After last season's Guinness Six Nations disruptions, with the tournament being split in two and the current restrictions in most countries in day-to-day life, rugby fans will be looking forward to what will hopefully be a return to some semblance of normality from a rugby perspective.

Yes, there won’t be any crowds and the home venues won’t be as difficult to visit for away teams. The atmosphere in a closed Principality Stadium or the Scottish national anthem won’t have as big an impact on the outcome, so it won’t be perfectly normal.

However with a bit of luck, this tournament will start and finish as planned. Anything less will take away from what is a really well-contested competition.

There are so many dynamics. We’re back to a stage where there are four real challengers and I doubt anyone is certain about who the front runner really is.

Scotland have signalled their intent with a surprise, but ultimately deserved win over England.

Wales need to find form if they are really going to challenge but at least they will start the tournament in Cardiff. France will be hoping to turn their development into true dominance, Ireland are in need of some consistency and England, minus one or two key performers, will still be smarting after their loss to the Scots.

One of the biggest variables in the tournament is the combination of who’s at home and who is away for some of the bigger matches. Ireland have their favoured rotation with England and France at home. Although that will include commencing the tournament away from home against Wales, who desperately need some revenge over Ireland, and we all know what a slow start can do in this competition.

It has piled the pressure on Ireland in the past and a loss would puncture any hope for the supporters early on.

A strong start is crucial for Andy Farrell and an away win on Sunday afternoon can really help them to finish their transition, with the potential to go on and win the championship. 

Although he’s not back long, Tadhg Furlong will be a very welcome addition in the front row once he is introduced off the bench. It may take him a few games to find his feet, but the pack could do with his personality and big plays in the front row.

Andrew Porter has had a fine season in Furlong’s absence, but the Wexford native has been involved in many Irish victories and has played a key role in them too. While his return will be a major boost for Ireland, the loss of Caelan Doris is a big blow. He’s been very influential for Ireland in many aspects of the game, mainly through his turnovers and excellent carrying ability. 

Other nations have been dealt some injury blows with star players like Romain Ntamack out of the tournament for France, while Sam Underhill has been ruled out for England. Underhill [pictured below] has been high up the tackling stats, particularly in terms of effective tackles behind the gain line.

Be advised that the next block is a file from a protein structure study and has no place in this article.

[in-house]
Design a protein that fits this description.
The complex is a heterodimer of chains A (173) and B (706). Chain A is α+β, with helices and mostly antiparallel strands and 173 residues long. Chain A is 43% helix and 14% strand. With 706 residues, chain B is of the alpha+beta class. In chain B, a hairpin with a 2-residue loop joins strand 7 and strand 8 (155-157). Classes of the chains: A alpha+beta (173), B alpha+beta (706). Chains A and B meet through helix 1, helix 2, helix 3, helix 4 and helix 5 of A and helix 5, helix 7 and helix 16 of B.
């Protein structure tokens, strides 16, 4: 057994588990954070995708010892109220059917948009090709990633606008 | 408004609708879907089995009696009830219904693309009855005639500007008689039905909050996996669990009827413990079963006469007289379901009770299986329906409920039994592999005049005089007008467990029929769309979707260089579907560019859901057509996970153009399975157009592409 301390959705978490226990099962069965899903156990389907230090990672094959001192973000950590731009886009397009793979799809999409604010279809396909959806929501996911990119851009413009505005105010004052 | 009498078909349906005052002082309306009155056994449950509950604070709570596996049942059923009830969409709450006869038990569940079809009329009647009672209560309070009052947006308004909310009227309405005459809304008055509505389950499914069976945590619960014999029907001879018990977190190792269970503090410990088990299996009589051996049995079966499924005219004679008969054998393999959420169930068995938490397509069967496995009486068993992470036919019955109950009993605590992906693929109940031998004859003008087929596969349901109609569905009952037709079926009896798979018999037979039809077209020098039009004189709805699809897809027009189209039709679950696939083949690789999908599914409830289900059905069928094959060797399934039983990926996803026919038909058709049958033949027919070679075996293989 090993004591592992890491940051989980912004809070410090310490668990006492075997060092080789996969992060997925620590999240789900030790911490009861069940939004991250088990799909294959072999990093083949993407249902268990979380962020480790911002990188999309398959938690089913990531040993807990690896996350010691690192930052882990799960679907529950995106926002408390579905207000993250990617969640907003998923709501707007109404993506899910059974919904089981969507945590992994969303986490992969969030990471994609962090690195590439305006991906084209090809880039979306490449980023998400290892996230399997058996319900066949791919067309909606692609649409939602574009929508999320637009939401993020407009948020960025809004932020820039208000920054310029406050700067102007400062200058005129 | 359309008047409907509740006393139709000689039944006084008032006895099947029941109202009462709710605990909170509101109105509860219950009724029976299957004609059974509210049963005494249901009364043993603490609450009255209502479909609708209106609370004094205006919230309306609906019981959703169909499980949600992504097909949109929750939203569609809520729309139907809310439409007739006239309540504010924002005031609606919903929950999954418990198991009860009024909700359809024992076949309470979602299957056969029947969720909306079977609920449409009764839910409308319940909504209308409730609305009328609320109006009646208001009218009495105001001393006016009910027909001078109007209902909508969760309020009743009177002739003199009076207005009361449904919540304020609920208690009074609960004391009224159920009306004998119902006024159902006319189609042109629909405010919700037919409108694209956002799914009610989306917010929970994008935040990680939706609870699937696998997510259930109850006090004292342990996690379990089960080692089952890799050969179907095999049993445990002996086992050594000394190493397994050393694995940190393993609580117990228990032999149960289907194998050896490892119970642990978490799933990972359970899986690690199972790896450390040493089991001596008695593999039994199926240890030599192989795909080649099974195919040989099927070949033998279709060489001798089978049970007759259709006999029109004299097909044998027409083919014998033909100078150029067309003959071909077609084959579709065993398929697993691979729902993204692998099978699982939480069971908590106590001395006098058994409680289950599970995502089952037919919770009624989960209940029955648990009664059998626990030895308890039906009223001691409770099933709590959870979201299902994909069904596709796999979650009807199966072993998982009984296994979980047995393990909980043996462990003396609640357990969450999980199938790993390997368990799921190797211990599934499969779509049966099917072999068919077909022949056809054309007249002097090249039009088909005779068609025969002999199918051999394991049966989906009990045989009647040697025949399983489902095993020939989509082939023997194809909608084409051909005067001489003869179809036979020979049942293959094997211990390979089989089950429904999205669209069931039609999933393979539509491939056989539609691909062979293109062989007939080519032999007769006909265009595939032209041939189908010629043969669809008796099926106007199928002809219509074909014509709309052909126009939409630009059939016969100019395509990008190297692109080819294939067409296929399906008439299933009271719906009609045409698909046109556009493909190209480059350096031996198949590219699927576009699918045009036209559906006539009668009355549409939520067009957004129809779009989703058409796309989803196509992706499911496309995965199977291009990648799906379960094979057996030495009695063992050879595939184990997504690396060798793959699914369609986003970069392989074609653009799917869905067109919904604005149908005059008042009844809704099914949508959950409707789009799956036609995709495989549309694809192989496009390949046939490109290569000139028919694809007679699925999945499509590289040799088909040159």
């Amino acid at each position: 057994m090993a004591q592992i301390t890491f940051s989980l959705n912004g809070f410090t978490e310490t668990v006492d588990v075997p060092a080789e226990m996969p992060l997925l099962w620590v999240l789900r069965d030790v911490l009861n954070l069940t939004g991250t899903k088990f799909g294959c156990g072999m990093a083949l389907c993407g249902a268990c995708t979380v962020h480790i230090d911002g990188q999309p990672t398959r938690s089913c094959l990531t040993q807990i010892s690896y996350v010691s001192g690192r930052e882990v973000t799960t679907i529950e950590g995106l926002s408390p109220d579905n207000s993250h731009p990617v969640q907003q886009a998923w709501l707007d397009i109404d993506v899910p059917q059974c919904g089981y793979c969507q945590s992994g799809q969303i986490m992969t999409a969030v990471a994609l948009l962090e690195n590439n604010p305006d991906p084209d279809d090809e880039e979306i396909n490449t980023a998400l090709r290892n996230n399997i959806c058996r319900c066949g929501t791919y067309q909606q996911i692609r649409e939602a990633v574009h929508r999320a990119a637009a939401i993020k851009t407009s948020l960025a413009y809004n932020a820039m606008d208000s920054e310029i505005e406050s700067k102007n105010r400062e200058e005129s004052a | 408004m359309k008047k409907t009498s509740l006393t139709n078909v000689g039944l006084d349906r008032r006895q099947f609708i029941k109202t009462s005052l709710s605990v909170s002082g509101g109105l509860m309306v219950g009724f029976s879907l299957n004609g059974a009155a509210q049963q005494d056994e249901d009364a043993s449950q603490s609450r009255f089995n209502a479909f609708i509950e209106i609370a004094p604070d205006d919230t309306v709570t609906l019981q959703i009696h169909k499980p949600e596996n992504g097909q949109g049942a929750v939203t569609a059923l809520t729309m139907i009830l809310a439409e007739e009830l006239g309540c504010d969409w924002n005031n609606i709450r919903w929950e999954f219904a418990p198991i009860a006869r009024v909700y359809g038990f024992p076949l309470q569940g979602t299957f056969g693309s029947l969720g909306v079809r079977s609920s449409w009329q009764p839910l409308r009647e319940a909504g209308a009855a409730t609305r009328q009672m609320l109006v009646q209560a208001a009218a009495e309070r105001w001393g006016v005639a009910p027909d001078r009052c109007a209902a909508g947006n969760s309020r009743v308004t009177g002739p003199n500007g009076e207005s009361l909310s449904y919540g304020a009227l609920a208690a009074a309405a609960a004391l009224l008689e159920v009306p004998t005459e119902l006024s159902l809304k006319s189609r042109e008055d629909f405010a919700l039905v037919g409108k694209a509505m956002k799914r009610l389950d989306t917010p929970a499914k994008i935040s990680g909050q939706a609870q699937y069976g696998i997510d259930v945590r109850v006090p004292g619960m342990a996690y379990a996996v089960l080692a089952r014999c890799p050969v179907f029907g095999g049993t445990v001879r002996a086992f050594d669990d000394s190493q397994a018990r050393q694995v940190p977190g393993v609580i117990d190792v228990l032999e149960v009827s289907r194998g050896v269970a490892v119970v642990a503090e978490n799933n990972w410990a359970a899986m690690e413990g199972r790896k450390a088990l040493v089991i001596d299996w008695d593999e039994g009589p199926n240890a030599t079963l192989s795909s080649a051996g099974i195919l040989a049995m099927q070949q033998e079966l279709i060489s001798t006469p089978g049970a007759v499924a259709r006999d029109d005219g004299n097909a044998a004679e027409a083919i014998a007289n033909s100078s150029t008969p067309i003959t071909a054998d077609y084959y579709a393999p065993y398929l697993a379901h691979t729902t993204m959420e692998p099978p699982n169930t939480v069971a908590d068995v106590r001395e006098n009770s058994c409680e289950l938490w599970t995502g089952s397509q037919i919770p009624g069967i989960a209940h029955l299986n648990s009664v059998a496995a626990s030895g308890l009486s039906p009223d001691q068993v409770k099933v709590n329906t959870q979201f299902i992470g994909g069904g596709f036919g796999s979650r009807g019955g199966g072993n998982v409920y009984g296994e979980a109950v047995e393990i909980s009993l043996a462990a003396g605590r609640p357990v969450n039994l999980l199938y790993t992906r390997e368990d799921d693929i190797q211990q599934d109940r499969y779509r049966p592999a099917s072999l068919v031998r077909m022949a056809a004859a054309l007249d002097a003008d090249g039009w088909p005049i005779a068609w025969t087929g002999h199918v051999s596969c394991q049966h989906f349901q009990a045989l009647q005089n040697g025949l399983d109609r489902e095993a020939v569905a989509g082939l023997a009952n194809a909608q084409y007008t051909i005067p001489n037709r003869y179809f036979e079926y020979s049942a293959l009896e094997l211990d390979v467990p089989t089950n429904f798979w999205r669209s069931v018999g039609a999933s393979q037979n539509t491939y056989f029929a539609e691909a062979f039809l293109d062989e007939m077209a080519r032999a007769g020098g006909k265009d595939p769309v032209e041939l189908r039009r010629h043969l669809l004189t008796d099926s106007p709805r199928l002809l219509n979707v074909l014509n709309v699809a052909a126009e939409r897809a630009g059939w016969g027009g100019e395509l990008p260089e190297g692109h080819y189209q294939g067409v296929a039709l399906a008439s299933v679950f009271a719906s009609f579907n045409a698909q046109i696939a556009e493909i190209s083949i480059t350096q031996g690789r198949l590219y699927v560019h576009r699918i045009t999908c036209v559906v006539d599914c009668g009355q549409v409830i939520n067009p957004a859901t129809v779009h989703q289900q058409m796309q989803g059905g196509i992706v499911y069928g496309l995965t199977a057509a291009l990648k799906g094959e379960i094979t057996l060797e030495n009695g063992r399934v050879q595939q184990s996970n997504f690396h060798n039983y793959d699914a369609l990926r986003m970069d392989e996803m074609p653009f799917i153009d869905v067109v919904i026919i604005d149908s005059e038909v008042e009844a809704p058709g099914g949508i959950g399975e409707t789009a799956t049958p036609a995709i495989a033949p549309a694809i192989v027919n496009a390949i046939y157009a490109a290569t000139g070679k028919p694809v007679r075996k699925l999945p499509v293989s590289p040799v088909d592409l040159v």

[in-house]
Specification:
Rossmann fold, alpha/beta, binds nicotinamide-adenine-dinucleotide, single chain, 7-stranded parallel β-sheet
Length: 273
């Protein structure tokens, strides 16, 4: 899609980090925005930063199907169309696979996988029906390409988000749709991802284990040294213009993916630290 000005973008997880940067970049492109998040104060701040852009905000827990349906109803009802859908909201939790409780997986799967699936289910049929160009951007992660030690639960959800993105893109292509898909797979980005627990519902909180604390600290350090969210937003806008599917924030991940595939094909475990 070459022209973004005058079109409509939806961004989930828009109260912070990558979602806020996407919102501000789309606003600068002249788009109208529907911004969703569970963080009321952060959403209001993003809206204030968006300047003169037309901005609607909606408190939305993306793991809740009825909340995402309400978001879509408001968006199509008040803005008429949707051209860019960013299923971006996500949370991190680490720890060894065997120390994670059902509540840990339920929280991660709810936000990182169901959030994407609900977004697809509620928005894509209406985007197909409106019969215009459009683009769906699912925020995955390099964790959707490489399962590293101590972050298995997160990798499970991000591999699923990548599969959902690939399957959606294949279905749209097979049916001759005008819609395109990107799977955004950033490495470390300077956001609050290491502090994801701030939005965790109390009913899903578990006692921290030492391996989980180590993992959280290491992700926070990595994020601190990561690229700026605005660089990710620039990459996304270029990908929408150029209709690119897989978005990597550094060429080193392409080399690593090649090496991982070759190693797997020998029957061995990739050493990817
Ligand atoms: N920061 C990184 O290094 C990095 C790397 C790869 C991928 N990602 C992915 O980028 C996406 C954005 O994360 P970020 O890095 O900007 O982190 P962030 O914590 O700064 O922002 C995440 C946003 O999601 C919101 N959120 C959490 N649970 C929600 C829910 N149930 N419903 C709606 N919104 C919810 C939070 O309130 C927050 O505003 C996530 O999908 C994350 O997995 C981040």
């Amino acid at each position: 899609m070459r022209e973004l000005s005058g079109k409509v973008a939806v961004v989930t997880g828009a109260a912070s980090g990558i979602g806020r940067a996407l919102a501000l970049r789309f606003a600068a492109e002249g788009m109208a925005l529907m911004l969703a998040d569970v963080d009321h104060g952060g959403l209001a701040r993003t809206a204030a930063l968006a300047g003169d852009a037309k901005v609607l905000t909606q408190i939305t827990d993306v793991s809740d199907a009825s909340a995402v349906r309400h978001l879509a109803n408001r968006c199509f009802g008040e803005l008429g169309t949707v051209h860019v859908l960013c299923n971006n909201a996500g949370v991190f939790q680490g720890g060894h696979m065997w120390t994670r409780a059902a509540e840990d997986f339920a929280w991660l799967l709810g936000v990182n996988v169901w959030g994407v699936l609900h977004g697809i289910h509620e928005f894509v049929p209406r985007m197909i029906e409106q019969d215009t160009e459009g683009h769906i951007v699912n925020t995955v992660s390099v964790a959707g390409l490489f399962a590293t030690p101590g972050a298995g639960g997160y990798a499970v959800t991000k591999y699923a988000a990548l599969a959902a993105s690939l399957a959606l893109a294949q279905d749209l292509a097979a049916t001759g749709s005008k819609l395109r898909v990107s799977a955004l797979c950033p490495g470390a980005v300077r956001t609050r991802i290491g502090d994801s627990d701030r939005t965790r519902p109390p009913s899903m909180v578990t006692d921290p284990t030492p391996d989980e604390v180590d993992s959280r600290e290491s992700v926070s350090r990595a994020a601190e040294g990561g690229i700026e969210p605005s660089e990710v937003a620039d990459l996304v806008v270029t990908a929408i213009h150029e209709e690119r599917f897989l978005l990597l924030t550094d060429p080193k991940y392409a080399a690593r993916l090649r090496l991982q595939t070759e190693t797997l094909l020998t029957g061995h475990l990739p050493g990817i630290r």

He is one of those ferocious competitors in the contact areas that have caused Ireland all sorts of problems when England have increased their physicality in the last few meetings. Andy Farrell and Mike Catt will need to find a way to beat that English defensive and kicking game if Ireland are going to have a successful tournament. 

Both England and France will start at home and will get the chance to build on that as the competition goes on. However, France still have to travel to Ireland and England, whereas England have to travel to Ireland and Wales. 

If Ireland start the tournament with some form you would have to think there’s a real chance of winning it this year based on the scheduling. Yet, there's a lot of rugby to be played and we all know how unpredictable sport can be, especially in the current climate.

England have yet again turned some heads with their announcement of a 'shadow’ squad. I’m not entirely sure what it means, maybe they couldn’t call it a development squad because Jonathan Joseph has ended up included in it but that’s what it looks like.

It’s not the worst idea in the world with the potential for Covid-19 outbreaks. Players will be kept up to speed without doing some of the travelling that may cause some trouble if there are Covid cases during these international games.

A serious question that has to be asked is if the Saracens players will be sufficiently primed after spending some weeks preparing for the championship. Will they find it tough to get back up to international intensity?

I’m sure Eddie Jones will plan to create the intensity needed in training, but it is very hard to replicate a Test match in training. It’s something to keep an eye on in the coming weeks. 

Tadhg Beirne [above] has a real chance to show that he fully belongs on the international stage after being handed a second-row spot ahead of the returning Iain Henderson.

Beirne has been in outstanding form for Munster and knows a thing or two about Welsh rugby. It’s hard to ignore Henderson’s physicality and ability in the lineout but this is a chance that Beirne won’t want to leave behind.

Wales would have presumably targeted Ireland’s aerial game had Andy Farrell opted for the dazzling footwork of Jordan Larmour, who links so well with Hugo Keenan. Between the work ethic and finishing instincts of Keith Earls and the physicality of the returning James Lowe, Larmour has been squeezed out of a starting spot.

A lot of that would have been down to his performance against Munster. Ireland need to show that the kicking game and aerial battle isn’t a weakness of theirs. If they can’t deal with Wales putting the pressure on, they certainly won’t deal with England.

Ultimately Ireland can’t look past the first game. If they can get the win, it will set them up for an enjoyable tournament full of hope and opportunity. If they fall on the wrong side of the scoreboard, it could be a long few weeks stuck in a bubble.